Medicare Supplement and Medicare Part B Premium

Can Medicare supplement cover for Medicare Part B premium?

You cannot use Medicare Supplement Policy (Medigap) to pay for Medicare Part B premium.

Supplementary Medicare plans are offered by Medicare Part A and B. These costs may include:

Deductible for Part A and Part B (the cost of covered benefits)

Part A and B coinsurance (i.e. your share (usually 20%) of Medicare-approved costs that remain after your share is paid by Medicare pays)

Some benefits not covered by Medicare Part A or Part B are provided by Medicare Supplement plans. For instance, some plans provide additional coverage for emergency care you receive during a trip abroad (80% of approved fees, up to the limits of the plan). A deductible amount may have to apply. Some plans may cover Medicare Part B deductibles for doctors who do not accept Medicare plans.

There are up to 10 standardized Medicare supplement plans in 47 states, each labeled with a letter, as well as the Medicare Supplemental Plan B. (States like Minnesota, Massachusetts, and Wisconsin have their own standard plans). Keep in mind that Medicare Part B is not the same as the Medicare B supplemental plan.

None of the standard Medicare supplement plans in most states will pay your Medicare Part B premium. A private insurance company approved by Medicare, or if it is in a separate area of ​​Medicare, is part of this plan, i.e. Part D Prescription Drug Policy. According to the Centers for Medicare & Medicaid Services, the standard premium for Medicare Part B in 2018 is around $ 130 monthly, though the actual cost you will pay will depend on your circumstance.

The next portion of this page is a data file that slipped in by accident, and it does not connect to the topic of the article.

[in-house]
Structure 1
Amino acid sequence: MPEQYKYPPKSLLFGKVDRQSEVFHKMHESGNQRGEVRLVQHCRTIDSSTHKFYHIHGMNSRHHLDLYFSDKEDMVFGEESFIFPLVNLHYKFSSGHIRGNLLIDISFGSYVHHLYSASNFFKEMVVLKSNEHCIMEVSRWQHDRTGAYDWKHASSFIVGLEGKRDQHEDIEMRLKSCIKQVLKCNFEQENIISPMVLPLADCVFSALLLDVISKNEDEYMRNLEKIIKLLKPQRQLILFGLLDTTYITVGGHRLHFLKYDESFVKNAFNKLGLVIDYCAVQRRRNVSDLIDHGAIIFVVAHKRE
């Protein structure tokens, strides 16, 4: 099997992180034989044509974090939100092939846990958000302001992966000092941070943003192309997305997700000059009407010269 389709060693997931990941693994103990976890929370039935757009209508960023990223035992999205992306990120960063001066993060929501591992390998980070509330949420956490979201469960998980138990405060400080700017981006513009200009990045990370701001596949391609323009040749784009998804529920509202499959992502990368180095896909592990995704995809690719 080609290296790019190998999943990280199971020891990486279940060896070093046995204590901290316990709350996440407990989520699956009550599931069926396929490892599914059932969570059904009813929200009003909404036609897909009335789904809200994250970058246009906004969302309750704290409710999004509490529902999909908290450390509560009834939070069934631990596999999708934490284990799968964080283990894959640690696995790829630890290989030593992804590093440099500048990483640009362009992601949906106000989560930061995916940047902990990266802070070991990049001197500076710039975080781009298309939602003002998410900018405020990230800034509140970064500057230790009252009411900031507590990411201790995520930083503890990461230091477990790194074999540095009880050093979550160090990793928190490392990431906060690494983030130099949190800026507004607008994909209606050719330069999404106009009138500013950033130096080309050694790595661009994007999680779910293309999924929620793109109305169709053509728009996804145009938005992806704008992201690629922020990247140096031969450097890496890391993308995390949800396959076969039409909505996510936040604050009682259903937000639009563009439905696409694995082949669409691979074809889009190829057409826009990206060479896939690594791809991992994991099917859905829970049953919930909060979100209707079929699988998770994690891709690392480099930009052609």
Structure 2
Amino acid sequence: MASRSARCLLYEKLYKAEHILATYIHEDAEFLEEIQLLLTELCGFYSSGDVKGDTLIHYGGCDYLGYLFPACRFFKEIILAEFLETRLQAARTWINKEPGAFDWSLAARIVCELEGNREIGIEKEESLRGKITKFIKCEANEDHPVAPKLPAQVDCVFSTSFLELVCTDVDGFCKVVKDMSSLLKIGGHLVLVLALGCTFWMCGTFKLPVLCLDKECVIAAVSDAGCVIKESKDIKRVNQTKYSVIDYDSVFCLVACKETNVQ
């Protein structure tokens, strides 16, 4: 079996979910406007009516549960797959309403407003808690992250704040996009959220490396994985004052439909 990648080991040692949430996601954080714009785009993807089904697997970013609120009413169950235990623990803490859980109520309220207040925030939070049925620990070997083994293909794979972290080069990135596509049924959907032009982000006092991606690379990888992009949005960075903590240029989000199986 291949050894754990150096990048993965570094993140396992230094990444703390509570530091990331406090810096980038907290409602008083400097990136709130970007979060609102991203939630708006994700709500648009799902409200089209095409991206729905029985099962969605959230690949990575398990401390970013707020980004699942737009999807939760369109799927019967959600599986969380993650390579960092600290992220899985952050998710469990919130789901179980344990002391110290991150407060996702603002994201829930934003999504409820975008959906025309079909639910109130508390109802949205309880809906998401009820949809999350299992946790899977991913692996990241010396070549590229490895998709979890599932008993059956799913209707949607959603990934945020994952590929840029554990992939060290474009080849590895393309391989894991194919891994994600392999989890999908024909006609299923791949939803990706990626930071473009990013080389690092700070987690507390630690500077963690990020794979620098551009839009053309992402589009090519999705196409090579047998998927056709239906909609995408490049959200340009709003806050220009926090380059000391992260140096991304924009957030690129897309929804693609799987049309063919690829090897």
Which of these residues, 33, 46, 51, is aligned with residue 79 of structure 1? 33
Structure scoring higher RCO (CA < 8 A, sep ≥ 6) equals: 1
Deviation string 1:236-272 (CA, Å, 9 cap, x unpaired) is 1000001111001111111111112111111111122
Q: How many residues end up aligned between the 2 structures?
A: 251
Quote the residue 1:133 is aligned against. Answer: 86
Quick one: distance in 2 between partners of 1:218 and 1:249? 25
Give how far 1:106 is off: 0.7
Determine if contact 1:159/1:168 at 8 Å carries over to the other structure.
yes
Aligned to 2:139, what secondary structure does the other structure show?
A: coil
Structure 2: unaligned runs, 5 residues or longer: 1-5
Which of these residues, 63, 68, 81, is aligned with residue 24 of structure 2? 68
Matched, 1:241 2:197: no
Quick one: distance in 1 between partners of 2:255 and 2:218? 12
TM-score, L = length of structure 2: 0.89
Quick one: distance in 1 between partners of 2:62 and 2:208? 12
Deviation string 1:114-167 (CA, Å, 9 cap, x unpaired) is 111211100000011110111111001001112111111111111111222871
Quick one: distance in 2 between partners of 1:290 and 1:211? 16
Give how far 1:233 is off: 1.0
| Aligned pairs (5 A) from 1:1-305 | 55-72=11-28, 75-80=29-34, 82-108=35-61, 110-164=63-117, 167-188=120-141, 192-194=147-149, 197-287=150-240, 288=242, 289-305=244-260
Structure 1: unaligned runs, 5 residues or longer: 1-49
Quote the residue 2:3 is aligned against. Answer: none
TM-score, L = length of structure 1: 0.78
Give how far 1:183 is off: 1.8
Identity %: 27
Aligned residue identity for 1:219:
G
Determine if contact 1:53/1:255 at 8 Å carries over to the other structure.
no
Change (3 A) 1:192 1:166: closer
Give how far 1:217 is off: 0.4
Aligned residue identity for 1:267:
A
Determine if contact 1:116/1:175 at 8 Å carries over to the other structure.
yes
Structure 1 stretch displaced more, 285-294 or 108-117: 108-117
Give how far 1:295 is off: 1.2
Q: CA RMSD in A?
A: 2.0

How do I get help with the cost of Medicare Part B premium?

Although a Medicare plan cannot pay the Medicare Plan B premium, other programs administered by the government can help pay for those costs. Medicare Savings Programs (MSP), for example, is provided by your state Medicaid program and Medicare.

You may qualify for assistance from one of the MSPs in your locality. In this case, you can pay your Part B premium and you may qualify automatically for the cost-effective supply of prescription drugs under the Medicare Part D program. To qualify for an MSP that can help you pay your Part B premium, your income and savings they must be below certain thresholds that vary by state.

Qualified Medicare beneficiaries have four types of MSPs with different income limits: the Medicare Qualified Benefits Program (QMB), the Low Income Medicare Beneficiary Specified Program, and the Qualified Individuals Program (QI).

If you qualify for MSP, you can automatically enroll for the Medicare Part D utility. As a member of the Extra Help Program, you will not pay the deductible or premium for prescription drug coverage and your prescription drug copayment.

Contact your state health care office (Medicaid) to find out if you qualify for an MSP. You can get the mobile number by calling the Medicare hotline. Or contact your National Health Insurance Program, where you can get free personal assistance from trained counselors on all topics related to Medicare and Medicaid.